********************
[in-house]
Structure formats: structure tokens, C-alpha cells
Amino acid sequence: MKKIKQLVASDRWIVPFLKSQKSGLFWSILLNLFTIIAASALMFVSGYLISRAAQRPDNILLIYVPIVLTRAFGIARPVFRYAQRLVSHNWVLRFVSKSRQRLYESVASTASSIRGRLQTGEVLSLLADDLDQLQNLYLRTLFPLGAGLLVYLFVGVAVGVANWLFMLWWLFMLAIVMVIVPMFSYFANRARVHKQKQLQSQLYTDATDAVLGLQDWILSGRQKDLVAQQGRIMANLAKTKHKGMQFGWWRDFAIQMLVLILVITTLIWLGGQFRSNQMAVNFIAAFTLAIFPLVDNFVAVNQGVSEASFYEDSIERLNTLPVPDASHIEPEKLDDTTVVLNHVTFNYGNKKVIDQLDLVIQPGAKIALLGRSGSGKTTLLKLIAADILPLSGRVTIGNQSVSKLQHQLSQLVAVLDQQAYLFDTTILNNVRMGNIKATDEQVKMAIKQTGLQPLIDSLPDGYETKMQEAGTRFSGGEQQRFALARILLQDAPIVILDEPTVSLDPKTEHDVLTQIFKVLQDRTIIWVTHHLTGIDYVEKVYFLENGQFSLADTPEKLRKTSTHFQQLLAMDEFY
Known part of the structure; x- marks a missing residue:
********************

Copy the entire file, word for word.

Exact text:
[in-house]
Structure formats: structure tokens, C-alpha cells
Amino acid sequence: MKKIKQLVASDRWIVPFLKSQKSGLFWSILLNLFTIIAASALMFVSGYLISRAAQRPDNILLIYVPIVLTRAFGIARPVFRYAQRLVSHNWVLRFVSKSRQRLYESVASTASSIRGRLQTGEVLSLLADDLDQLQNLYLRTLFPLGAGLLVYLFVGVAVGVANWLFMLWWLFMLAIVMVIVPMFSYFANRARVHKQKQLQSQLYTDATDAVLGLQDWILSGRQKDLVAQQGRIMANLAKTKHKGMQFGWWRDFAIQMLVLILVITTLIWLGGQFRSNQMAVNFIAAFTLAIFPLVDNFVAVNQGVSEASFYEDSIERLNTLPVPDASHIEPEKLDDTTVVLNHVTFNYGNKKVIDQLDLVIQPGAKIALLGRSGSGKTTLLKLIAADILPLSGRVTIGNQSVSKLQHQLSQLVAVLDQQAYLFDTTILNNVRMGNIKATDEQVKMAIKQTGLQPLIDSLPDGYETKMQEAGTRFSGGEQQRFALARILLQDAPIVILDEPTVSLDPKTEHDVLTQIFKVLQDRTIIWVTHHLTGIDYVEKVYFLENGQFSLADTPEKLRKTSTHFQQLLAMDEFY
Known part of the structure; x- marks a missing residue: